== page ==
Alienated is one of the most intriguing new creator-owned series coming from BOOM! Studios all year. It mixes teen drama with science fiction so very well, and blends lettering, art, and character progression keenly. The third issue is out this week after a two-plus month hiatus thanks to the pandemic. The second issue was quite good, but can the third issue blow us away further? For even more insight check out the podcast interview I did with writer Si Spurrier and artist Chris Wildgoose a few months ago about Alienated.
This issue continues the trend of focusing on one of the three main characters’ days hanging with the alien they call Chip. It’s Samantha’s turn with Chip and the book opens with her trying to keep the alien busy while she watches her friend’s vlog. It’s a vlog that very much could get them all in trouble, as it features a video of the bully Chip ate in issue #1. It sets in motion an A-plot that turns out to be a surprising twist cliffhanger, allowing Samantha’s B-plot some room to explore the character.
This is by and large a character drama with science fiction used to explore what a teenager might due with limitless power. There is one caveat, however: Samantha, Samuel, and Samir are all connected mentally, so they can’t quite do anything they want without being found out. This issue explores Samantha in a surprising way that takes us down a dark road and makes us question if Samantha is capable of horrible things. Spurrier has cleverly set this up with the reveal of Samuel in issue #2 that helps check and balance our expectations. It’ll be interesting to see Samir’s turn taking care of Chip in the next issue, since each issue builds so wonderfully off what we know of these characters.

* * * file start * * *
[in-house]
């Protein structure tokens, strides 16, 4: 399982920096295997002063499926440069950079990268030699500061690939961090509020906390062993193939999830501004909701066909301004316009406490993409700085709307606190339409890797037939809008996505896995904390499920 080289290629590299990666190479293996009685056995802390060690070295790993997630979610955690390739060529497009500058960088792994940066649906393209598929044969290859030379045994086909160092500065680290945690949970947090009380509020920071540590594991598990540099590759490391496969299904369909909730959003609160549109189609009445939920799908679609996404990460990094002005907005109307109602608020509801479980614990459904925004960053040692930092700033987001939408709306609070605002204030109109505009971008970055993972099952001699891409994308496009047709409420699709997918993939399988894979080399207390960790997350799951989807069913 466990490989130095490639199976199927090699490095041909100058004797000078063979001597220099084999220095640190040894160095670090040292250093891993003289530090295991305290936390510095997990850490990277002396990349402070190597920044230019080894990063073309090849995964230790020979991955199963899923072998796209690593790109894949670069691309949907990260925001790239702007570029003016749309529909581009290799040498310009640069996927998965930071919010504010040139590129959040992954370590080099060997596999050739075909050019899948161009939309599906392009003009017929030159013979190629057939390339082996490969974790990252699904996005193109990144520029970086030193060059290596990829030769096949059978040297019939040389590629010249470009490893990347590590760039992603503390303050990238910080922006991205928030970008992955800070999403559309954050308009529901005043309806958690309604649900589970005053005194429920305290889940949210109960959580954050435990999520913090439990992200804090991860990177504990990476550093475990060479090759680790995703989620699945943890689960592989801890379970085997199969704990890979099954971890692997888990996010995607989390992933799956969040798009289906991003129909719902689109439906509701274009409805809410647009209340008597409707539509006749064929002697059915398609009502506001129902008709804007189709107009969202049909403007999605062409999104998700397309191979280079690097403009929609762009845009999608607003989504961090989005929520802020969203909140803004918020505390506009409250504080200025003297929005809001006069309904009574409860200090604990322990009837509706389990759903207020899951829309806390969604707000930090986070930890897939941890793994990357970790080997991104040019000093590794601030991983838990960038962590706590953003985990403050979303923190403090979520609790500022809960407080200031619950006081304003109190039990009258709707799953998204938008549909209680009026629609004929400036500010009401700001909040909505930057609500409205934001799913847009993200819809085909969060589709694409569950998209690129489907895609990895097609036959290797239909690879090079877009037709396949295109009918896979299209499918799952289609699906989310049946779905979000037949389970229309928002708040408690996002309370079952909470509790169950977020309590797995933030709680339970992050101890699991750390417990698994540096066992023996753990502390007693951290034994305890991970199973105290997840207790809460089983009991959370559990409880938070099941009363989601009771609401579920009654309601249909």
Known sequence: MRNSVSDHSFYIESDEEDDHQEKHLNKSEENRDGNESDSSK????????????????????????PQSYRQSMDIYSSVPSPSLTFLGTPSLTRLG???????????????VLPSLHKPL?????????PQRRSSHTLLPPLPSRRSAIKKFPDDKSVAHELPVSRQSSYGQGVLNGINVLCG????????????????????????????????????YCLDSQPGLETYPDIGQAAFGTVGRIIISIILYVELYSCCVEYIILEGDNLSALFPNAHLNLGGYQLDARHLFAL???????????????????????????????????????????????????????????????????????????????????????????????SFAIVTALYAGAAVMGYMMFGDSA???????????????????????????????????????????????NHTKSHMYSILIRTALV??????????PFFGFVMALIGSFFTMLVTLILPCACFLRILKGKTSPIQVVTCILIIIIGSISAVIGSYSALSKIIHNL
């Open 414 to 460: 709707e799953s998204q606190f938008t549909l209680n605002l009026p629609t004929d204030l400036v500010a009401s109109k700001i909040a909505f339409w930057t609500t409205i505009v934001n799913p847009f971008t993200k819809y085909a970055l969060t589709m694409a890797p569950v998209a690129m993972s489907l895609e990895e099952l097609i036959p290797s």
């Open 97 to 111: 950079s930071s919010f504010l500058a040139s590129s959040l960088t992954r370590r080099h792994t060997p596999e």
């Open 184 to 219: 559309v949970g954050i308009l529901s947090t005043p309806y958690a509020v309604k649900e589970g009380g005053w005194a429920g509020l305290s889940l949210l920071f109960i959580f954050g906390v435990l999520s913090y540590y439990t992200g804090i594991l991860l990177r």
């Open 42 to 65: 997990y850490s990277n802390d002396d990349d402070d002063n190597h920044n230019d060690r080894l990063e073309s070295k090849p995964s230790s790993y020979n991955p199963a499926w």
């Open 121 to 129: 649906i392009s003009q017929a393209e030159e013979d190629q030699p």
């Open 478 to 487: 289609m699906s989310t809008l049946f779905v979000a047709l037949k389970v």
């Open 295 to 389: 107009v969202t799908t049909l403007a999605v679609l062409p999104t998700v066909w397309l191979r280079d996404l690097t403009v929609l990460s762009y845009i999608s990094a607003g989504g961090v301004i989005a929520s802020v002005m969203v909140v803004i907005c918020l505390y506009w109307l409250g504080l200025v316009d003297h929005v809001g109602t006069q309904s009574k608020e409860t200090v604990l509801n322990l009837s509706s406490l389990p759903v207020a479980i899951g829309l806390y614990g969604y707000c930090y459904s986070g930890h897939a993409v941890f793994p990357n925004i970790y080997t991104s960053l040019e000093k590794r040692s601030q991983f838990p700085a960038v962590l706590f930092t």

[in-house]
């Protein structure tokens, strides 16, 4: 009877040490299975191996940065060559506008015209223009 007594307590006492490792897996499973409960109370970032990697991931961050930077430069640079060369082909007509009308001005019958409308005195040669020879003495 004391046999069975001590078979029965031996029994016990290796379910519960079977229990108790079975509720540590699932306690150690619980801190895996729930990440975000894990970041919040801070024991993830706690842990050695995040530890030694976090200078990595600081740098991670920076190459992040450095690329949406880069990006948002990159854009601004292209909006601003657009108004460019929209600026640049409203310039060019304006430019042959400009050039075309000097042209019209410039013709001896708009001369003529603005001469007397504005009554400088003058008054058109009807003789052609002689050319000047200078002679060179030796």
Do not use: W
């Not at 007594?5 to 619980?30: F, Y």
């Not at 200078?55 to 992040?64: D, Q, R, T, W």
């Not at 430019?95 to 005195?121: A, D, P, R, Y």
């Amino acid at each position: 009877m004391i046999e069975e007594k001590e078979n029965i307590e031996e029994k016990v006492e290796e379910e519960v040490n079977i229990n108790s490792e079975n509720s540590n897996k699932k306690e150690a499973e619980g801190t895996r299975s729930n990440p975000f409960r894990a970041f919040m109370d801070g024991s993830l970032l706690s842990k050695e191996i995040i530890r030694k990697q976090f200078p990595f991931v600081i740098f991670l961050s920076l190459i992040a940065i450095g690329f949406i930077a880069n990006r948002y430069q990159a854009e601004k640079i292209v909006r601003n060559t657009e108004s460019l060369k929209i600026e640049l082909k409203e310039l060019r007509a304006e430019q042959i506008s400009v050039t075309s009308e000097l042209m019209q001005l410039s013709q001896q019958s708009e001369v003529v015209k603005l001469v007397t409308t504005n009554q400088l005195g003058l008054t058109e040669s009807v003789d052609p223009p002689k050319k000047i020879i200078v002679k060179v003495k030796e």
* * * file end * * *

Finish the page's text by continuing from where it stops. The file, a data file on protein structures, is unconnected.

The science fiction elements continue to grow and become more interesting, too. The powers of Chip almost seem limitless, but some key reveals and further exploring its powers this issue is starting to round things off. Is it an alien, or something more? The mystery of the alien isn’t forgotten by the creators, and that’s another subplot to drive your interest into the story.
Art by Wildgoose and colors by Andre May do well to pace the story with expansion in full-page spreads or structured layouts when it’s all about the brass tacks of a scene. The use of gutters to display letters (which are beautifully designed by Jim Campbell) add to the experience. These kids are inside each other’s heads and the captions inside the gutters help convey the spaces of their minds. Wildgoose continues to make Chip scary, cute, and everything in between with great attention to detail when Chip isn’t the focus of a panel. It’s worth re-reading this issue just to see the poses Wildgoose puts Chip in.
The plot thickens in this issue in more ways than one. The characters are going down a dangerous road while tempting fate with the abilities of a god. There are many moving parts worth exploring and every single one is edge-of-your-seat storytelling.
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